“I’m looking for an ultra marathon training group!”
I can’t train alone; I don’t want to! I want someone there to push me, to encourage me, and to motivate me to keep moving.
My training group, my training partner, supports me. I would never be where I am without these people or this person.
All the early mornings I may have hit snooze if it wasn’t for the people around me, pushing and encouraging me!
All of the late nights I would rather have been asleep, my training partner was there to challenge me!
My longest run during my ultra marathon training buildup wouldn’t have happened without the kind words and support of my friends. I needed them when the July sun beat down on the towpath and I’ll need them again when fall turns to winter and crisp winds gush through the trees of the forest.
I train for ultra marathons with a group. I am not lonely.
The morning of my race I meet with my group, we’re all running together, and we arrange our drop bags. It’s early fall and our training has gone wonderful; we’re ready to set off and earn our belt buckles.
We arrive together and start the race together.
The terrain early on is simple and we all stick together. Would we stay together throughout the run? Unlikely; how cool it would be, though, if we all crossed the finish line together!
The sun rises. “I’ll see you at the finish line!” one of our group shouts as he slows in the heat of the day.
We debate whether we, the rest of the group, ought to slow down too. A pack mentality. We grew together in training and now feed off each other’s energy. We run on.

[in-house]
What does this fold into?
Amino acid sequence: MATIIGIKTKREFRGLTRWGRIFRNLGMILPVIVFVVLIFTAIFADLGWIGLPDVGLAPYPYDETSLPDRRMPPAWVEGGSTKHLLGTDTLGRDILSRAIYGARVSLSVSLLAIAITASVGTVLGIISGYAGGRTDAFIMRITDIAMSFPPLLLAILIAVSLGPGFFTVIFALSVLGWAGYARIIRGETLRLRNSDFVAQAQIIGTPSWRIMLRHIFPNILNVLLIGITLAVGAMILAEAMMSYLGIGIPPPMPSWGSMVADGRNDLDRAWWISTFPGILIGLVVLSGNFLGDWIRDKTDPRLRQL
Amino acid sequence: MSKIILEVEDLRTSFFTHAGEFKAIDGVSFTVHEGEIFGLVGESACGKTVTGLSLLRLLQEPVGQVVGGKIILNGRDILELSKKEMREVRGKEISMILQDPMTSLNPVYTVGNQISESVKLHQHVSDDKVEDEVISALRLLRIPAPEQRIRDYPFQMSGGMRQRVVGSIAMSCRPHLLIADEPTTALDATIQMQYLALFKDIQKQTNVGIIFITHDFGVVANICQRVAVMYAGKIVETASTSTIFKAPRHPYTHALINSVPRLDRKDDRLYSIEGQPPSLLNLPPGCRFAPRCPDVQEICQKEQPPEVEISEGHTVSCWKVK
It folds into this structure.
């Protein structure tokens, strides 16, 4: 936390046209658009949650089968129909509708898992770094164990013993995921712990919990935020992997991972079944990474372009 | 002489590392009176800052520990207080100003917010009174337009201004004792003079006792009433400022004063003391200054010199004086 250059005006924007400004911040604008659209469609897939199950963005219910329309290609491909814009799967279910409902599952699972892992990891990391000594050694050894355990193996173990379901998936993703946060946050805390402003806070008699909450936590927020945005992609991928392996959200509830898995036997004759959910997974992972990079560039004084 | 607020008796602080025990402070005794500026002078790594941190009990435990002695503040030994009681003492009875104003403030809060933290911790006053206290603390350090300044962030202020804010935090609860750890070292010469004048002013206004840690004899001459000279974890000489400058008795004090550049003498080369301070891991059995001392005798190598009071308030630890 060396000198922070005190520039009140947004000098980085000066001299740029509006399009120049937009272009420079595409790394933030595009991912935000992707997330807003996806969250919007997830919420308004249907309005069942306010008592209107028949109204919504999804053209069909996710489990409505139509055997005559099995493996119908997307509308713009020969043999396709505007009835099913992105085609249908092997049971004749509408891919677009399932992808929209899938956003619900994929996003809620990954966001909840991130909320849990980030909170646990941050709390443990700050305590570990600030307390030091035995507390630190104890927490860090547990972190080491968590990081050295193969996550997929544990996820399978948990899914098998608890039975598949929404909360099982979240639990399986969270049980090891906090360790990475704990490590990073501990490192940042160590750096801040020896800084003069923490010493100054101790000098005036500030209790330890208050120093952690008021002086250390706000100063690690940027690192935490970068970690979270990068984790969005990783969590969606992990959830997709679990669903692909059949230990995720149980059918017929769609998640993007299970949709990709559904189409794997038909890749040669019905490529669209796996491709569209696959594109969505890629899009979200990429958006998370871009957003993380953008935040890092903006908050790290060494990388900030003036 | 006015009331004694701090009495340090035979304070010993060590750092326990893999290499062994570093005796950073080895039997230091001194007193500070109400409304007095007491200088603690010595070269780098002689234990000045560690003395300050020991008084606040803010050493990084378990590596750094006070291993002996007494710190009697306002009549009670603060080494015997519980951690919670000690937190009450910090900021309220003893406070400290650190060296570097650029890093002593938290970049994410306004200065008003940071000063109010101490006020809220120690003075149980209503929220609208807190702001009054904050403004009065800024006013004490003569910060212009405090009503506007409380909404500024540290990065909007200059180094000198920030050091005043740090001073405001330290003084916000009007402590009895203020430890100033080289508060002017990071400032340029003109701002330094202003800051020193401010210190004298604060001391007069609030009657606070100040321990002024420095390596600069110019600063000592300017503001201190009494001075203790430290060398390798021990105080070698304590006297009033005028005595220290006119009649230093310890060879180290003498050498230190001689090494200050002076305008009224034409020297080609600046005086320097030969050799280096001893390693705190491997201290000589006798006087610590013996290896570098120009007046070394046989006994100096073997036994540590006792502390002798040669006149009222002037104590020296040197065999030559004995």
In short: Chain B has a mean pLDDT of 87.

As the morning turns into afternoon and the afternoon into evening, our pack spreads thin over the now-rugged trail. The sun dips below the treetops and one of our group has dropped out of the race. It was statistically inevitable, I suppose.
I fall behind the others.
A chill permeates my jacket as I slowly pull into an aid station. I expected to see another of my training group, my pack, but none are there. No other runners around. A volunteer assists me with food and water.
Did they see anyone resembling my friends? They don’t know; its dark, people have changed clothes, and most moved through quickly.
How quickly? Am I the slowest of the group? Or did I pass any of them and not realize it?
As evening turns to night, I see no headlamps around me. I am chilly, fatigued, and in pain.
I am alone.
I am alone on the Wicked Trail.
I am not prepared for this; I haven’t done a long run on my own in over a year! I don’t have my headphones and I have no one to talk to; my thoughts are dancing around in a circle of pity and fear.
Focus. Breathe. Make it to the next aid station. Maybe some of my group will be there!
And if they’re not? I must set off again down this Wicked Trail with no one. Can I keep moving with no one to push me, with no one to make jokes with and talk to?
On paper I am prepared. I have the mileage, the health, the strength; it’s all there!
The only thing missing now is my group, my pack.
Can I continue on if I don’t find them? Am I too far behind?
How does one prepare for this mental game; this loneliness?
Prepare for your dark, twisting, Wicked Trail as it will be; train alone, train in the cold, train in the rain, train fatigued, and train with fear. Train for the Wicked Trail.
A failure to prepare in one area of ‘ultra marathon distress’ (fatigue, pain, adverse weather, rugged terrain, loneliness) is a failure to prepare for the race. Preparation will carry you across the line, and a failure to prepare in distress can have disastrous implications.
Loneliness is a mental battle; your thoughts occupy the forest air and the soft footfalls of your battered feet must carry the conversation.
What do you think about? Who can you talk to? How can you control your thoughts?
Train this way. Explore your mind in loneliness.
Ditch the headphones. Ditch the running group. Do your running partner a favor.
“I’m doing this one alone.”